1st Scripture Reading: 1 Kings 18: 20-21, 30-39 & Psalm 96 (VU p.816)
“For all the gods of the peoples are idols, but the Lord made the heavens”. God made everything. But we are a bit like the people of ancient Israel, aren’t we? In the scrum of everyday life, don’t we also sometimes forget where all this comes from?
When I woke up to the sound of rain yesterday, my heart was filled with joy, and as I sat at the front window with my first coffee, a deep peace settled over me like a warm blanket. I am not alone, I thought, and thanks be to God for the so welcome gift of rain.
The story of King Ahab and his Queen Jezebel and the prophet Elijah is set on the background of three years of drought. Drought is a scary word – even here and now. Most of BC is experiencing a very dry spring, and much of Vancouver Island is into drought conditions already. We have had three fires on Texada in the last few weeks, and we have been very lucky – they have been controlled without spreading by our wonderful volunteer fire departments, with help from the quarries and local citizens. But let’s get real folks. We dodged a bullet. If the wind had come up on any one of those fires there might have been a disaster. Our trees are still stressed from last summer’s dry conditions, and it wouldn’t take much to spread a fire to much of Texada. We have lots of trees!
Firefighters have been very clear about that in Alberta. Nature will put this fire down – not them.
But we don’t think like that usually, do we? We trust our man-made solutions to problems, but do we ever put our trust and faith in God, in Nature, to actually provide the best answer, the best possible solutions to the issues we humans face as we move into our future? Do we do that?
We are looking to agribusiness to provide the massive amounts of food we need to feed a population approaching 9 billion. But big agriculture may not be the answer. In fact, small farming in places like Africa is proving to be better able to provide for the people who live there. With sustainable and traditional farming practices: returning all waste to the soil, crop rotation, mixed farming, fallow times, the land God gave us will provide for our needs nutritionally and sustainably. Monoculture, chemical fertilization, herbicide use, repeat cropping and irrigation are all agri-biz practices that are proving to be harmful and exhausting to the land, and detrimental to the quality of the food.
Elijah challenged the prophets of BAAL to demonstrate the power of their god. Since Baal was a man-made god, there was no answer. Baal is a false god – a mere idol – incapable of offering us any sustenance, any comfort, any salvation.
So, as the psalmist said: “For all the gods of the peoples are idols, but the Lord made the heavens.” And we are instructed to “Sing to the Lord a new song….to declare the Lord’s glory among nations, his marvelous works among the people.” Let us praise God’s holy name.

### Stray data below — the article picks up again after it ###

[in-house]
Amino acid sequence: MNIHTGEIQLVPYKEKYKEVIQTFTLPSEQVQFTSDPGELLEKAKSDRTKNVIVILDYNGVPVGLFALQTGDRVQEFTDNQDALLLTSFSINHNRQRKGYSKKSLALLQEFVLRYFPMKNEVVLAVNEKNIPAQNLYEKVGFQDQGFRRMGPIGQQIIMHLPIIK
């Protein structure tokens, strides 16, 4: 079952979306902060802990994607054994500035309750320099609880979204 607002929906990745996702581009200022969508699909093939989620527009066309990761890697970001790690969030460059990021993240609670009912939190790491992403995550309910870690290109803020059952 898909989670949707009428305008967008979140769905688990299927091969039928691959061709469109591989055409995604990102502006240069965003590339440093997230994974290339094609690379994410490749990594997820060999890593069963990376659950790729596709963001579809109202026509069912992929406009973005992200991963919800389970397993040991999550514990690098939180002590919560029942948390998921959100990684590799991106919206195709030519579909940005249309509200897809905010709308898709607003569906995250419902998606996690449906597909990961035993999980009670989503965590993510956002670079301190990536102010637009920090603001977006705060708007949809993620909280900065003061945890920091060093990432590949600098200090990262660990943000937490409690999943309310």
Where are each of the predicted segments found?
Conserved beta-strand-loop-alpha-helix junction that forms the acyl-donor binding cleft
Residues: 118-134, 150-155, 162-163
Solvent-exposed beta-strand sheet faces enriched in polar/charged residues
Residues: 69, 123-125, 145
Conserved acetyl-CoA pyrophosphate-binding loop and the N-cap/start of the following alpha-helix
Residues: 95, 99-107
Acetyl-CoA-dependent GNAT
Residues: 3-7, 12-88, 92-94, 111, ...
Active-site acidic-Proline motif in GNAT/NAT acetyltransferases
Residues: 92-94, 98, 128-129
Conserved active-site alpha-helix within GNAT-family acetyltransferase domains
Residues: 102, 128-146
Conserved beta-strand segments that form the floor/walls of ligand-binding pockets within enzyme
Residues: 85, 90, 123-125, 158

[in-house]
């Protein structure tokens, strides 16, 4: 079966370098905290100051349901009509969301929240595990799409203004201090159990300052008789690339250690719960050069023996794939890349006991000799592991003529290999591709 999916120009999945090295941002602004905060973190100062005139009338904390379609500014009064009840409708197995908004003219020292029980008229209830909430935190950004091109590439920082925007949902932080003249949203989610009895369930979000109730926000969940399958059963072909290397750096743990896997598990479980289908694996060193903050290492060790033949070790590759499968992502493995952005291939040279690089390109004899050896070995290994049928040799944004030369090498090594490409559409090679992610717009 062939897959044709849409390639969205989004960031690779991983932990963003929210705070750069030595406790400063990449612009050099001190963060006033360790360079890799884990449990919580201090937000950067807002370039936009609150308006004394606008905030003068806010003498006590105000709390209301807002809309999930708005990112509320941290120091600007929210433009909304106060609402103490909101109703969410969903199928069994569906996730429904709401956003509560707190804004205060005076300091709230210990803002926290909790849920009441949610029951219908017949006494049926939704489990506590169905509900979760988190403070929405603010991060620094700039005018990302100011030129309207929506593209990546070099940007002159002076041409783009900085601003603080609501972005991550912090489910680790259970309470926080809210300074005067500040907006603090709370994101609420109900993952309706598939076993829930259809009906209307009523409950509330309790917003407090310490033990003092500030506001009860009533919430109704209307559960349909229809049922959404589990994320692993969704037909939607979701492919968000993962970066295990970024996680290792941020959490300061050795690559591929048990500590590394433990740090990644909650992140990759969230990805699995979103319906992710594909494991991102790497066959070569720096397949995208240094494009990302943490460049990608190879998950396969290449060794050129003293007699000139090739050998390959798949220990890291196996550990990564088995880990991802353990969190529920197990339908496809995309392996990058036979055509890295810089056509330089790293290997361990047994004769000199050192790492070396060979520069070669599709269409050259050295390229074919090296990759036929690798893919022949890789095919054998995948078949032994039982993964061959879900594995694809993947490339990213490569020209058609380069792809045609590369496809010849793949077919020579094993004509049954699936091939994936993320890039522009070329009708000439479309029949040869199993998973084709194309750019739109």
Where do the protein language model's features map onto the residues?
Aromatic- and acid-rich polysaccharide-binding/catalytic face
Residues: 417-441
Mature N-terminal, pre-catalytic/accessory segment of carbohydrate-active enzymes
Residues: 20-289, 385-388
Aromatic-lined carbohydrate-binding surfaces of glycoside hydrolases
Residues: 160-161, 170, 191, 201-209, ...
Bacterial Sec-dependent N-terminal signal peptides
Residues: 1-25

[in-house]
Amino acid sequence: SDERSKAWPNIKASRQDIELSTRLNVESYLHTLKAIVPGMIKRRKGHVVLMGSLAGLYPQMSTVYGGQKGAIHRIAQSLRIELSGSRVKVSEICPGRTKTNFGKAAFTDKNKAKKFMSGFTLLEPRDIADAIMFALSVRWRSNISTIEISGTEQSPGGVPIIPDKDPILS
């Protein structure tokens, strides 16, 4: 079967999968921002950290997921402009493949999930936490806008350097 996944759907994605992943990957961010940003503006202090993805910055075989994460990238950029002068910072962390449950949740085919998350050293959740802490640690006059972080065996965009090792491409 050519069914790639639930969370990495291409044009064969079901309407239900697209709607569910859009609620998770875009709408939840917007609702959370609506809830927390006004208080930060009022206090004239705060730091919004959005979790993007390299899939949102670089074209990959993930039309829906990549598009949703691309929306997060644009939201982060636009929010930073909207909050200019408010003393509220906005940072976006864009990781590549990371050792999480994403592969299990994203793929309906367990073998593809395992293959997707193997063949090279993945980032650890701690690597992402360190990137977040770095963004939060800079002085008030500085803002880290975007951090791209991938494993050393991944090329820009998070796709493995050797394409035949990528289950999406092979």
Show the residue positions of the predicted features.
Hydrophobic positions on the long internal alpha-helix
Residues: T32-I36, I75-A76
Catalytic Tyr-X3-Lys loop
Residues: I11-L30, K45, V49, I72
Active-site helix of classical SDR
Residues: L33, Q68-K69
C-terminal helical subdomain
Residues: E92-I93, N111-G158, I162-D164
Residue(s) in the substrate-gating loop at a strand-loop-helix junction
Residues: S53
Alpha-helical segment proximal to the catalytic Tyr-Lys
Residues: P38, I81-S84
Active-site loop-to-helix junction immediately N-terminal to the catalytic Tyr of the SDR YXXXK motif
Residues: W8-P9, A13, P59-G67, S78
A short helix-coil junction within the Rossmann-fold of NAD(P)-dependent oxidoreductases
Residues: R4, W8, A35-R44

Hymn # 716 VU “My Life Flows On”
2nd Scripture Reading: Galatians 1:1-12 & Luke 7:1-10
Interesting, isn’t it, the words of Paul to the Galatians? He could not have been clearer with them, that he did not go to school to learn the gospel of Christ, nor was it passed on to him by any of Jesus’ followers. Paul received the gospel on the road to Damascus, when he was still a Jewish extremist, persecuting the early Christians.
Let’s look again at what he said: “For I want you to know, brothers and sisters, that the gospel that was proclaimed by me is not of human origin; for I did not receive it from a human source, nor was I taught it, but I received it through a revelation of Jesus Christ.”
Paul says that he received the essence of the gospel directly from Jesus Christ. It’s called “direct transmission” folks, and it is not unique in human history. We tend to dismiss such accounts as fictional or delusional somehow, but, and here is where I find I must remind myself, we are the creature (not the Creator) and for now, “we see as thru a glass darkly”. We don’t know a lot about what’s really going on, and I believe it is arrogance to think we do.
And what do we think about “distance healing” something Jesus did quite often it seems. In the reading from Luke this morning we heard how Jesus healed the slave of the faithful centurion, without laying eyes on him!
Then there is the story of how Elijah called on God to show the Israelites how misguided they were to be worshipping Baal. The contest rules were very fair. Each group would have a sacrificial bull, and an alter, set up the sacrifice, then call on their god to put fire to it. First the priests of Baal unsuccessfully called on their god. No response. No fire. Then Elijah made his challenge to God even harder by pouring water all over it! He called on God and this is what he said: “O Lord, God of Abraham, Isaac, and Israel, let it be known this day that you are God in Israel, that I am your servant, and that I have done all these things at your bidding. Answer me, O Lord, answer me, so that this people may know that you, O Lord, are God, and that you have turned their hearts back.”
And then what happened? “The fire of the Lord fell and consumed the burnt offering, the wood, the stones, and the dust, and even licked up the water that was in the trench.” And the people who were there fell on their knees and worshipped God, saying: “The Lord indeed is God”. Another supernatural event.
There were consequences of this action, of course. The priests of Baal were killed right then and there. Elijah then had to run for his life from the wrath of Jezebel.
But I suggest the message is quite clear. There are consequences for us too, if we worship false idols like money or agri-biz, or science, or power, and forget to praise our Maker.
Hymn # 245 VU “Praise the Lord with the Sound of Trumpet”